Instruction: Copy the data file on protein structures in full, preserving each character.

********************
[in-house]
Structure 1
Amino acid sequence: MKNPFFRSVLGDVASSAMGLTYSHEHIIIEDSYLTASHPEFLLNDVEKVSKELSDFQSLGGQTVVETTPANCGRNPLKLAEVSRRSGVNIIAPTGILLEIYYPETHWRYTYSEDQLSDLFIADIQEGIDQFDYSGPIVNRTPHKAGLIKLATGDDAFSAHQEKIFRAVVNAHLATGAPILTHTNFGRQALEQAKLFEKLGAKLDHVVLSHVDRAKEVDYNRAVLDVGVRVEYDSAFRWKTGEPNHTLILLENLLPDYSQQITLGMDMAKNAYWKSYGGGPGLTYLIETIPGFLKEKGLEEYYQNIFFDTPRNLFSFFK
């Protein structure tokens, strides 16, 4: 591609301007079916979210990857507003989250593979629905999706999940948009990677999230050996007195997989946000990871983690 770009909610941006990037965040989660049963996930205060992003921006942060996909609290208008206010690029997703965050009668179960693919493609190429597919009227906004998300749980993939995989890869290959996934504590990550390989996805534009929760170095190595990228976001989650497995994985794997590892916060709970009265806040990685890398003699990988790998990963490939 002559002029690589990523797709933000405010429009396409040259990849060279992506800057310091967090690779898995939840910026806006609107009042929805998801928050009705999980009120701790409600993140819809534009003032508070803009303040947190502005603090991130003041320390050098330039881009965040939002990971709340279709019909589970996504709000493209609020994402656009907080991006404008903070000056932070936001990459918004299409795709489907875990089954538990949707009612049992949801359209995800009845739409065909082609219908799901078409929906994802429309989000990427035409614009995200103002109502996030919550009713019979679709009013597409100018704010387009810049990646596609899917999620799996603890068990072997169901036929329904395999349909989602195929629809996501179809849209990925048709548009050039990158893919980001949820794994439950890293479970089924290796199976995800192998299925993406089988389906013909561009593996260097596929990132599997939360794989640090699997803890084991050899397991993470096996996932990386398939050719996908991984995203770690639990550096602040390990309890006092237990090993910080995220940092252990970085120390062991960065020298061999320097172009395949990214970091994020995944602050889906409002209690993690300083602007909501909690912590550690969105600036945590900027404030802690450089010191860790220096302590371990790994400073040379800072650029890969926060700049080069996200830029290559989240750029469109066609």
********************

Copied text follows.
[in-house]
Structure 1
Amino acid sequence: MKNPFFRSVLGDVASSAMGLTYSHEHIIIEDSYLTASHPEFLLNDVEKVSKELSDFQSLGGQTVVETTPANCGRNPLKLAEVSRRSGVNIIAPTGILLEIYYPETHWRYTYSEDQLSDLFIADIQEGIDQFDYSGPIVNRTPHKAGLIKLATGDDAFSAHQEKIFRAVVNAHLATGAPILTHTNFGRQALEQAKLFEKLGAKLDHVVLSHVDRAKEVDYNRAVLDVGVRVEYDSAFRWKTGEPNHTLILLENLLPDYSQQITLGMDMAKNAYWKSYGGGPGLTYLIETIPGFLKEKGLEEYYQNIFFDTPRNLFSFFK
């Protein structure tokens, strides 16, 4: 591609301007079916979210990857507003989250593979629905999706999940948009990677999230050996007195997989946000990871983690 770009909610941006990037965040989660049963996930205060992003921006942060996909609290208008206010690029997703965050009668179960693919493609190429597919009227906004998300749980993939995989890869290959996934504590990550390989996805534009929760170095190595990228976001989650497995994985794997590892916060709970009265806040990685890398003699990988790998990963490939 002559002029690589990523797709933000405010429009396409040259990849060279992506800057310091967090690779898995939840910026806006609107009042929805998801928050009705999980009120701790409600993140819809534009003032508070803009303040947190502005603090991130003041320390050098330039881009965040939002990971709340279709019909589970996504709000493209609020994402656009907080991006404008903070000056932070936001990459918004299409795709489907875990089954538990949707009612049992949801359209995800009845739409065909082609219908799901078409929906994802429309989000990427035409614009995200103002109502996030919550009713019979679709009013597409100018704010387009810049990646596609899917999620799996603890068990072997169901036929329904395999349909989602195929629809996501179809849209990925048709548009050039990158893919980001949820794994439950890293479970089924290796199976995800192998299925993406089988389906013909561009593996260097596929990132599997939360794989640090699997803890084991050899397991993470096996996932990386398939050719996908991984995203770690639990550096602040390990309890006092237990090993910080995220940092252990970085120390062991960065020298061999320097172009395949990214970091994020995944602050889906409002209690993690300083602007909501909690912590550690969105600036945590900027404030802690450089010191860790220096302590371990790994400073040379800072650029890969926060700049080069996200830029290559989240750029469109066609």